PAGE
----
On September 29, two cruise ships, Sapphire Princess and Voyager of the Seas, berthed simultaneously at the KTCT. Though a total of around 5 600 cruise passengers disembarked that day, the overall transportation arrangements were smooth. Apart from shore excursions and transfer services arranged by cruise companies for their passengers, the KTCT operator arranged free shuttle buses to ply between the terminal and nearby MTR stations, as well as feeder bus services to take cruise passengers to hotel clusters in Tsim Sha Tsui and on the Hong Kong Island. The KTCT operator also introduced a new feeder bus route to Hung Hom to offer more choices to passengers. Moreover, special measure was implemented in the morning of September 29 where each taxi driver who picked up passengers at the KTCT was given $20 tunnel coupons. With the support of the taxi trade, more taxis went to the KTCT that day as compared with the number for previous ship calls. Generally, the cruise passengers could board the transport modes of their choice and depart from the KTCT with a reasonable period.

     The KTCT operator and related departments will continue to liaise closely with the taxi trade to explore further improvement to the arrangements in order to facilitate more taxi drivers to go to the KTCT to pick up passengers.

(2) The departments concerned have conducted a comprehensive transport impact assessment for the Kai Tak Development Area (KTD) and are implementing various road and infrastructure projects by phases to serve the various development projects at KTD.  To support the development projects at the southern part of the former runway, the Civil Engineering and Development Department (CEDD) plans to replace the existing single two-lane carriageway with a dual two-lane carriageway, as stipulated under the Kai Tak Outline Zoning Plan, to link the KTCT with Cheung Yip Street in Kowloon Bay and the area around San Po Kong, so as to cope with the increasing traffic flow.

     Furthermore, CEDD has conducted preliminary feasibility study on the proposed Environmentally Friendly Linkage System (EFLS) for East Kowloon, the scope of the study includes the proposed Kwun Tong Transportation Link (KTTL), which would accommodate a monorail, a walkway and a cycle track, to connect the Kwun Tong Ferry Pier with the former runway tip in KTD. CEDD plans to commence a detailed feasibility study for the EFLS at the beginning of 2015, subject to funding approval by the Finance Committee. The scope of the study will cover an in-depth analysis of the feasibility and implementation schedule of the KTTL.

     For ferry services, the KTCT operator is studying the option of installing a pontoon, to be moored temporarily to the terminal for providing special ferry services on days of ship calls or events. Yet, in ascertaining the feasibility of providing ferry services or constructing other facilities, various factors have to be taken into account, such as passenger safety, technical issues (including considerations relating to works and nearby water currents), supporting transport services, expected passenger demand as well as the business viability of the proposal. Relevant departments will continue to discuss the proposal with the KTCT operator, with focus on the feasibility of using pontoon as a temporary landing step.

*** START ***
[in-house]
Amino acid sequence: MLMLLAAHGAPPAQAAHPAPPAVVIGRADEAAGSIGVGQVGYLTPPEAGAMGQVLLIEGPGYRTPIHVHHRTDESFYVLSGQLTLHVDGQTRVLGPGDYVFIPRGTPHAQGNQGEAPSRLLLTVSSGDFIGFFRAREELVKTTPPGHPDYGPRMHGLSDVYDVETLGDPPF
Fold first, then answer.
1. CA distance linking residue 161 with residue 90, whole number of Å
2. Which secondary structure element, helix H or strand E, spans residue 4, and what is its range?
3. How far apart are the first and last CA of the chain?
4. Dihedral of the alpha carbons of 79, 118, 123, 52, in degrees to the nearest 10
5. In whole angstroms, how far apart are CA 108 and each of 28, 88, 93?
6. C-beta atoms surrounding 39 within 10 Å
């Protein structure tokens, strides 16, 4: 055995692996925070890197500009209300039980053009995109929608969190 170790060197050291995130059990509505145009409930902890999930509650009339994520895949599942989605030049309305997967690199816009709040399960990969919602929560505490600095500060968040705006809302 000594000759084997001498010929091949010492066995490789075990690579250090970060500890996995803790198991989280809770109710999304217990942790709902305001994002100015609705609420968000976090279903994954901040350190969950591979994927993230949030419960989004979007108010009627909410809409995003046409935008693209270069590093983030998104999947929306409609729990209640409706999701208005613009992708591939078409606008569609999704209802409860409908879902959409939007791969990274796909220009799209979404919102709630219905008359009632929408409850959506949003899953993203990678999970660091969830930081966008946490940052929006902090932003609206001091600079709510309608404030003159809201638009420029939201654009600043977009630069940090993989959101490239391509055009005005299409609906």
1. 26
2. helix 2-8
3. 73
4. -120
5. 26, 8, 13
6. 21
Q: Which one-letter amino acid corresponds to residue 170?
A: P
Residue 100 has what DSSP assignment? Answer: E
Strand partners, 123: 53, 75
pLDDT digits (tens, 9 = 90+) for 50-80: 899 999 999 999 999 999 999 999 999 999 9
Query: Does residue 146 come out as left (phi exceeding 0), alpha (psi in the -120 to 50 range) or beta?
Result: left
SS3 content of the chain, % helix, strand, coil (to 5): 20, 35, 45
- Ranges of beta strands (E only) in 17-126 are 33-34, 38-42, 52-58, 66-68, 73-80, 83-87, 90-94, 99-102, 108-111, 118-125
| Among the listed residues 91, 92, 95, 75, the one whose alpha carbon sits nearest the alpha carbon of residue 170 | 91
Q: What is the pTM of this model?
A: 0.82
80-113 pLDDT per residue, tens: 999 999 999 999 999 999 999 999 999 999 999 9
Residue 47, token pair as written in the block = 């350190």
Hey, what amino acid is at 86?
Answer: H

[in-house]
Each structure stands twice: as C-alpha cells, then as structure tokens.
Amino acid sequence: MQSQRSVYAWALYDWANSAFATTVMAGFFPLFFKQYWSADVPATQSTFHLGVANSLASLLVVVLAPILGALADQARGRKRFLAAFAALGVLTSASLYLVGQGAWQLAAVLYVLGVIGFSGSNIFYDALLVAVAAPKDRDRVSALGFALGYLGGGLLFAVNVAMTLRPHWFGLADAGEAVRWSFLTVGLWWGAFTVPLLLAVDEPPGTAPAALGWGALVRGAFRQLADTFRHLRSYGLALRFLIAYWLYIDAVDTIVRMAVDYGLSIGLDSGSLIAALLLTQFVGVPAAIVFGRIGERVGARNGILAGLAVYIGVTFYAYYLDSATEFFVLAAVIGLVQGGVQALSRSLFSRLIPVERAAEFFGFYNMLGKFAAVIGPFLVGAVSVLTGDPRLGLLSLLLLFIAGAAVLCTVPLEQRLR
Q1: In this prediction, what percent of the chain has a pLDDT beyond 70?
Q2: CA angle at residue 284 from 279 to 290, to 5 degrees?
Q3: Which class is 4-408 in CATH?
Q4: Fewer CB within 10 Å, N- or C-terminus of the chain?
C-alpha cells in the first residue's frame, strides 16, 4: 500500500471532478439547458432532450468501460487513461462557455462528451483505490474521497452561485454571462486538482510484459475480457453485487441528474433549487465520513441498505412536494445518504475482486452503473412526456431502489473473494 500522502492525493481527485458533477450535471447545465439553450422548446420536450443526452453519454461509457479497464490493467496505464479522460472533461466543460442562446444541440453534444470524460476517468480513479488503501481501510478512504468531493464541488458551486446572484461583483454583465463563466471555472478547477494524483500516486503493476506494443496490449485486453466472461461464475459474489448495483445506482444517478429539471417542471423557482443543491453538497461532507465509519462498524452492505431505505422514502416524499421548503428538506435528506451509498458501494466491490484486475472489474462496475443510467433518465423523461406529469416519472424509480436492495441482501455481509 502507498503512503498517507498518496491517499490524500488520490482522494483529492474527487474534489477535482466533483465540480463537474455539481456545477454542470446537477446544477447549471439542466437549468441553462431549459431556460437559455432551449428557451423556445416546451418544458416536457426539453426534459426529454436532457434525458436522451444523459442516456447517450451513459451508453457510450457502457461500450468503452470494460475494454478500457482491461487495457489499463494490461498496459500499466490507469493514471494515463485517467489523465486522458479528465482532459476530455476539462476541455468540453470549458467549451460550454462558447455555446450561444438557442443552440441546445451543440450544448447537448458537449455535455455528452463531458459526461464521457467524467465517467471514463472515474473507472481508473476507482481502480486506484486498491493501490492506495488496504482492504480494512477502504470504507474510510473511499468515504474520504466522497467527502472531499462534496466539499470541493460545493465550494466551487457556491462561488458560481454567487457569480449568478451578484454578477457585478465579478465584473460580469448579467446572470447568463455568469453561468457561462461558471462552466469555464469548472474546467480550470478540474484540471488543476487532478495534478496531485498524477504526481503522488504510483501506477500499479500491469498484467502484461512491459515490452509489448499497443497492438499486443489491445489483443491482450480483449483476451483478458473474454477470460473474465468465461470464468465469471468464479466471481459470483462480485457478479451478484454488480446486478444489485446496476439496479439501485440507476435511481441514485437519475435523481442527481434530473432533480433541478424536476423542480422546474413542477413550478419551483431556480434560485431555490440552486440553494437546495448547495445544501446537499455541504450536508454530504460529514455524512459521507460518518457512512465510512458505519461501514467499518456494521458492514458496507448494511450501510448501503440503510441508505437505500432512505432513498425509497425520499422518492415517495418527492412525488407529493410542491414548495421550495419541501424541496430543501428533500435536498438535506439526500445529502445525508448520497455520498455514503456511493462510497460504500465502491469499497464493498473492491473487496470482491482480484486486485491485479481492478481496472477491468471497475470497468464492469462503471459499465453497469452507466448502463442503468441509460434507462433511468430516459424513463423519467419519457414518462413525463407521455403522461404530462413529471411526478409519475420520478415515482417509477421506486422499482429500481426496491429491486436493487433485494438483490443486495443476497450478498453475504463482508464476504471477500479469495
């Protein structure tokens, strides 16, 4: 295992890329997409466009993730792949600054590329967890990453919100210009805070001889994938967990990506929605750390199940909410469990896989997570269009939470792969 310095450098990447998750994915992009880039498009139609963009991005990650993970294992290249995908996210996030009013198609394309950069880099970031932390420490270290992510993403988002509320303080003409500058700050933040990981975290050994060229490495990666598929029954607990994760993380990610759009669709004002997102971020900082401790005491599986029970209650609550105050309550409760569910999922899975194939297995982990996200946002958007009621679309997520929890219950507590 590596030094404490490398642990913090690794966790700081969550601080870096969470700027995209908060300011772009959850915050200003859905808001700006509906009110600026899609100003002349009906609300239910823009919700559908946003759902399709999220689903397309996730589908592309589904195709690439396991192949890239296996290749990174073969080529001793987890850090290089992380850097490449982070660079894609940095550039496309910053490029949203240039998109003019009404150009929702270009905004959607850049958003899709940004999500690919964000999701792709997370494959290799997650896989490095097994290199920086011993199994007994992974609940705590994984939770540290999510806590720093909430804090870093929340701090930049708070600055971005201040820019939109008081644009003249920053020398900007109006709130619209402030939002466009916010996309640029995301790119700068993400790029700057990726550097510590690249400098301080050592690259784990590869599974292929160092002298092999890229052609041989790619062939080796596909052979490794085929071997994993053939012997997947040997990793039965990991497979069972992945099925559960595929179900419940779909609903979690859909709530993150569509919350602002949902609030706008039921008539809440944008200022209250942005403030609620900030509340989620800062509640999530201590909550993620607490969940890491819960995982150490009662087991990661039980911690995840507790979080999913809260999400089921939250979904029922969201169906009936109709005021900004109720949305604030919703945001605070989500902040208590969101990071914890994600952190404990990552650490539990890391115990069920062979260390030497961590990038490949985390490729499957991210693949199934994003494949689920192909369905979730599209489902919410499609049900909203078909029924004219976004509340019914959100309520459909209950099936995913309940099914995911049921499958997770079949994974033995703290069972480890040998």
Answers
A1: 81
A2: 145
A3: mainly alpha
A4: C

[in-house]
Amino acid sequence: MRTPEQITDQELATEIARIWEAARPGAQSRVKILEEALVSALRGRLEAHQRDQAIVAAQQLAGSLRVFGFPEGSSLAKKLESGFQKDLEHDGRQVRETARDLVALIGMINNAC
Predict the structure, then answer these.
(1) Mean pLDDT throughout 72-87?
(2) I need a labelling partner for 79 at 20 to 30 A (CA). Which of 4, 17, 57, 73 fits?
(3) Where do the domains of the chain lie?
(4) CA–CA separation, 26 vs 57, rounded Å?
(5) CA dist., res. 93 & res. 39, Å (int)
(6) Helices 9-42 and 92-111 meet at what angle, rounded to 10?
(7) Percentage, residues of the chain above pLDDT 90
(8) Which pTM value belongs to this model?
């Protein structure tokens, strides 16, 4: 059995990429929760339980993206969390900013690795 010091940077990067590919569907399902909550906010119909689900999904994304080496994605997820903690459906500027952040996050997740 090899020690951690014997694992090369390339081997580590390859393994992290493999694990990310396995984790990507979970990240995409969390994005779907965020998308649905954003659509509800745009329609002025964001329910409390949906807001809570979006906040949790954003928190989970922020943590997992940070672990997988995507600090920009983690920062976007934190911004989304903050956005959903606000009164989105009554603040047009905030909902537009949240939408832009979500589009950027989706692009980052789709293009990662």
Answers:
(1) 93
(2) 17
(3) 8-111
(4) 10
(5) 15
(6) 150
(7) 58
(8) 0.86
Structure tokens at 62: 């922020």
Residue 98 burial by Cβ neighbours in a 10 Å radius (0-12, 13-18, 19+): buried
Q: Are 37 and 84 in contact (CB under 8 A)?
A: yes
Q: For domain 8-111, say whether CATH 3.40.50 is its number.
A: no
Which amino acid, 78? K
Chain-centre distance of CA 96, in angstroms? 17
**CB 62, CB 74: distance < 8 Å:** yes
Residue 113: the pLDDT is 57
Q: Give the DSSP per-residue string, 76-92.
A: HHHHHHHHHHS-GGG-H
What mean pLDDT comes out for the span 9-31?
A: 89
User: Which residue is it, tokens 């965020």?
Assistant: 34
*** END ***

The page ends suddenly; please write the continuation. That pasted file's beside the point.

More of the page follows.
(3) The KTCT operator has kept in close communication with the tenants of the commercial areas to understand and address their operational needs. As far as transport connectivity is concerned, relevant departments have coordinated with the public transport operators to step up service frequencies and extend operating hours having regard to visitors flow to the KTCT. An additional drop-off point for minibus on the ground floor at the southern end of the KTCT has been installed to facilitate the public visiting the shops and cafˆm.

     A new batch of directional signages has been installed inside and outside the KTCT building as well as at the KTCT Park to provide the general public and cruise passengers with clear directions to the commercial areas. The tenants of the commercial areas have also developed their own marketing strategies, such as offering special concessions or holding functions, to attract patronage by the general public and cruise passengers.

     The shops, the eateries, the KTCT Park and the newly commissioned Runway Park adjoining the KTCT have gradually gained popularity among the public, particularly for family outings. With the increasing number of ship calls at the KTCT, promotions by tenants of the commercial areas and increasing level of public transport, it is expected that the number of visitors to the KTCT on weekdays and holidays will grow gradually.

(4) Regarding the Hong Kong Bar & Club Association's proposal to develop a "bar street" at the KTCT, the proposed site would occupy part of the KTCT Park managed by the Leisure and Cultural Services Department. Currently, the KTCT Park and the Runway Park adjoining the KTCT are primarily public leisure and recreational grounds. Converting part of the park into a "bar street" would reduce the available recreational space, interfering the recreational activities or enjoyment of the view of the Victoria Harbour by the public. In this connection, any change in the use of the park is subject to the agreement of the local community, including the District Council concerned. Other considerations include whether the proposal could integrate with the KTCT and other local facilities, impact on the environment and public order, and the planning restrictions for developments within the KTCT. The Administration will continue to study the proposal.

Ends/Wednesday, October 15, 2014
Issued at HKT 11:58